The plume rises before us. White and billowy. We watch from across the valley. Then walk back to our camp by the lake. The beautiful alpine lake snug against steep cliffs – where remnants of snow cling to rocks on the far side. It is the place we pick to monitor the fire’s behavior. To keep ourselves safe.
At night, an orange glow fills the sky. We, in our tent, sleep. Dream even. I dream of fire flaming its way through the forest – devouring trees, shrubs and bushes. The dry, pale grasses. Animals. Us.
World on fire.
Maybe the world has always been on fire. One way or another. Smoldering. Or hot and fast. Crushing its way across valleys and rivers and ridges and towns, filling the air with the rubbish of its burning. Blazing. Flaming. Consuming.
Maybe it just hasn’t been so close and easy to see. Even so, we underestimate the implications.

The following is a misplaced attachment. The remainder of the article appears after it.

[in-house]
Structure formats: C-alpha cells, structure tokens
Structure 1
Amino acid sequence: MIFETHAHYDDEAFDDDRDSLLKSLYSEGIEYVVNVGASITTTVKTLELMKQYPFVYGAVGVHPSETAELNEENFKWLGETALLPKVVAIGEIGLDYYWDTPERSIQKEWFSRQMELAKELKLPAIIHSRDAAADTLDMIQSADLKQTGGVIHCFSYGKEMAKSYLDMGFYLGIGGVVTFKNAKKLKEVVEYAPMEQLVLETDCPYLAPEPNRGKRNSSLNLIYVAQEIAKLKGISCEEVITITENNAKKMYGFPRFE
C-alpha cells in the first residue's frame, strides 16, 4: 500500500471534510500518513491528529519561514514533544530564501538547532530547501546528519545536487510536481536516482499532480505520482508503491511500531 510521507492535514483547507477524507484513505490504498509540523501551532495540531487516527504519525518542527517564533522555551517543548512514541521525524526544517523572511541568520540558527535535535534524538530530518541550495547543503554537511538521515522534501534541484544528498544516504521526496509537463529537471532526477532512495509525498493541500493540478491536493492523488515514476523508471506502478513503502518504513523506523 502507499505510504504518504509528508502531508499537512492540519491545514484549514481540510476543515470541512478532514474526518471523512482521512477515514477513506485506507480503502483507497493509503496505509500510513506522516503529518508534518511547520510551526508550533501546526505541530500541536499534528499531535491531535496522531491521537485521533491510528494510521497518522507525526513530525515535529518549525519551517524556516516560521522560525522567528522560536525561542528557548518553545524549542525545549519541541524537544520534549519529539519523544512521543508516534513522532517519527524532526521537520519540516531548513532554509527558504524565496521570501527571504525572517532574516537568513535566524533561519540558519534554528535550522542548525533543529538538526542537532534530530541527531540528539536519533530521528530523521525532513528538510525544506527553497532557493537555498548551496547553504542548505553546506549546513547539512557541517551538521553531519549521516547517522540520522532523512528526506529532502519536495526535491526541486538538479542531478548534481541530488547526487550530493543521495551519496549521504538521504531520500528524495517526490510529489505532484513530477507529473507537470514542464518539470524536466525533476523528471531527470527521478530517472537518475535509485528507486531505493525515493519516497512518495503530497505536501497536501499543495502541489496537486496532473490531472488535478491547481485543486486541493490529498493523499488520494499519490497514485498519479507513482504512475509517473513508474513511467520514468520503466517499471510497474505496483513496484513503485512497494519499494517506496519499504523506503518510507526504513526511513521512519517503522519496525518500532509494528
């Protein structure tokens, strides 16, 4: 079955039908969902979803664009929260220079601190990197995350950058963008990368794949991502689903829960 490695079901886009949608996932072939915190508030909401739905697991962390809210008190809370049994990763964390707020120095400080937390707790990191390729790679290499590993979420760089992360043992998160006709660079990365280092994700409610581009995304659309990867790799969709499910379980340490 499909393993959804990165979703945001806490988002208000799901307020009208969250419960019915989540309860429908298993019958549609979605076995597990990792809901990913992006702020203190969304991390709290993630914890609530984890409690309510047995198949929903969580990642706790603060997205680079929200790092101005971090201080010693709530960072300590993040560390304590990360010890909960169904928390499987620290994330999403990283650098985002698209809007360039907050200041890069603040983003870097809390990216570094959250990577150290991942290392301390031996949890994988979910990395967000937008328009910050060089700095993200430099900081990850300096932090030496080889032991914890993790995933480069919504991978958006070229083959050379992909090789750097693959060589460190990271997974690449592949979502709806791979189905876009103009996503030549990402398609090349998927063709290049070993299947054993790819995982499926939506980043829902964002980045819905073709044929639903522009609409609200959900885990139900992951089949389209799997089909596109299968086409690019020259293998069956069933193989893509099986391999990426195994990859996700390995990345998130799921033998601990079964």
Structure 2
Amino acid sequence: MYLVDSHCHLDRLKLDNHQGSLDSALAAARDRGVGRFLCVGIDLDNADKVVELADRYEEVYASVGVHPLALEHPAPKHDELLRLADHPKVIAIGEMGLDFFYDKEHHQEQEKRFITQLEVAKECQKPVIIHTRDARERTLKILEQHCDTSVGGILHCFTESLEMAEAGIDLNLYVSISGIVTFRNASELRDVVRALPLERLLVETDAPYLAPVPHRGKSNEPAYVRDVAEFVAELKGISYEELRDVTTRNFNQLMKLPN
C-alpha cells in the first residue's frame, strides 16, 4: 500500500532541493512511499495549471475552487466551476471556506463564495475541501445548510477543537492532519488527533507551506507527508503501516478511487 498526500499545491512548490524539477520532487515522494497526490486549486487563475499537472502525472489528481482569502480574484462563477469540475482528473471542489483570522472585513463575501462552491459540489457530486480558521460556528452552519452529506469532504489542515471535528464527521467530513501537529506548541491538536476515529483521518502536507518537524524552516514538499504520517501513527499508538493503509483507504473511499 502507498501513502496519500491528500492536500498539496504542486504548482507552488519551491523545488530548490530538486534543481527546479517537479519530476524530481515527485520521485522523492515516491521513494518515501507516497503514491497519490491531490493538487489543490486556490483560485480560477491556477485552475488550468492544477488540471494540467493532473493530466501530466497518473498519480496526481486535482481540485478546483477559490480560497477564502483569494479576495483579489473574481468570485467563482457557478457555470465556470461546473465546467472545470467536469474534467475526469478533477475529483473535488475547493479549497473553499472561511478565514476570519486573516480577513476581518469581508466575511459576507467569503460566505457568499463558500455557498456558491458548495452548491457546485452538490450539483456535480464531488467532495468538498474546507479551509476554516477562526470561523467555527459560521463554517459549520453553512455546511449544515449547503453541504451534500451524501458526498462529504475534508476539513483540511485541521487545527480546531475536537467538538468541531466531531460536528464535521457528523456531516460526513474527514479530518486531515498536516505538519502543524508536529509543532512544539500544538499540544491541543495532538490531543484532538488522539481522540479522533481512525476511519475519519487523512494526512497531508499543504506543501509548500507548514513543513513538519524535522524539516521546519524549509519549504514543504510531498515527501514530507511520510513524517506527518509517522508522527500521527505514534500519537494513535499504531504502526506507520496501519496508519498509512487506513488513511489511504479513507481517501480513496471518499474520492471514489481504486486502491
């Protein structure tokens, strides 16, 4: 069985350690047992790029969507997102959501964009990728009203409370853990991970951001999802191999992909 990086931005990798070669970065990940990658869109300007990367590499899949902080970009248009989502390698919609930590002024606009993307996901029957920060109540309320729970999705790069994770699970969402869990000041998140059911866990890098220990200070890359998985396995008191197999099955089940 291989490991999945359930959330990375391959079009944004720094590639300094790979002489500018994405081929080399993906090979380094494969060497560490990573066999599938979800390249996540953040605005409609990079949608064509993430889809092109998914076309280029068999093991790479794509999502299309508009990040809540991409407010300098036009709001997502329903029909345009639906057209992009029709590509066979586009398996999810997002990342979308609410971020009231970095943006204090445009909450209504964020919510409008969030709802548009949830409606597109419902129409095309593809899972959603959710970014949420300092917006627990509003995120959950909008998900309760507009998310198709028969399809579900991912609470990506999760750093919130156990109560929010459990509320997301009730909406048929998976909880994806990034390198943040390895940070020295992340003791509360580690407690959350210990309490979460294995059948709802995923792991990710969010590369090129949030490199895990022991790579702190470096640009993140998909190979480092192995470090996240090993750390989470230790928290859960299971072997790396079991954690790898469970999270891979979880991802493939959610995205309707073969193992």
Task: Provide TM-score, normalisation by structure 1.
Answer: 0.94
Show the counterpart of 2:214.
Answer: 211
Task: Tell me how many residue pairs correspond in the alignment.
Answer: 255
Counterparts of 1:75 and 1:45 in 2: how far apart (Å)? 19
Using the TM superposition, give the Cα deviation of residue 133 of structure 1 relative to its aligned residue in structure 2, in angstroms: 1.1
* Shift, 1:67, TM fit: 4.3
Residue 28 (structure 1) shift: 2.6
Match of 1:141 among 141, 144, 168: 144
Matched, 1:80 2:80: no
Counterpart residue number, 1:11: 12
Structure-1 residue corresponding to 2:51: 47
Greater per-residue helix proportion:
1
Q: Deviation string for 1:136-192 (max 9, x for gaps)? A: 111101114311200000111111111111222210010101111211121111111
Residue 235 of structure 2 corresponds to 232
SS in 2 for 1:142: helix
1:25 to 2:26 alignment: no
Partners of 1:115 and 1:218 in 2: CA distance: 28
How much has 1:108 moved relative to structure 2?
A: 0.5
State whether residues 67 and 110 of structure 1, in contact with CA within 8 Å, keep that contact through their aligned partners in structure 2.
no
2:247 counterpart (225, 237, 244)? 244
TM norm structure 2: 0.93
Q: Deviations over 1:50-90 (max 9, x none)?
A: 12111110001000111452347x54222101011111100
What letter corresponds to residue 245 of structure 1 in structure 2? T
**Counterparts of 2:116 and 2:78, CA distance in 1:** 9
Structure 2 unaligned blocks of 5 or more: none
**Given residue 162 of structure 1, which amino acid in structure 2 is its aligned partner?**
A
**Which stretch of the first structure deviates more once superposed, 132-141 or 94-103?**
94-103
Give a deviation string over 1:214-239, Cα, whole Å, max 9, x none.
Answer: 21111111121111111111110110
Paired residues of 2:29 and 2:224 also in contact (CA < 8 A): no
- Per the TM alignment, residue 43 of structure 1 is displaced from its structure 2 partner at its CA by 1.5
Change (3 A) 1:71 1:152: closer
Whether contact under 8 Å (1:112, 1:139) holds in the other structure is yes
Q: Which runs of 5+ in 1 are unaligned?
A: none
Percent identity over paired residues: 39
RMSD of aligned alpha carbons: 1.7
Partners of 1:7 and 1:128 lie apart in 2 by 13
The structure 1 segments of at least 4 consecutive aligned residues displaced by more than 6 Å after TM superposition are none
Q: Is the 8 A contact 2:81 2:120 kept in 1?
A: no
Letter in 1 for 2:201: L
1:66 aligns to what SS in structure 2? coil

We spend the day taking pictures and walking through flower filled meadows, watch from a distance, as the plume grows ever bigger, worry only when the wind changes direction. When the plume seems to bend our way.
We make plans anyways to climb the peak above us. The next morning. Then settle down into sleeping bags, listen to the soft sounds of night. Watch stars appear. This smoke, this fire, we say, will stay away from us. It burns another direction.
But in the morning, thick smoke fills our nostrils. When we crawl from the tent we see ash covers the heather, covers the surface of the lake. Bits of grey nothingness fall from the sky.
Oh, we say to each other, as if we should be surprised.
The fire is here.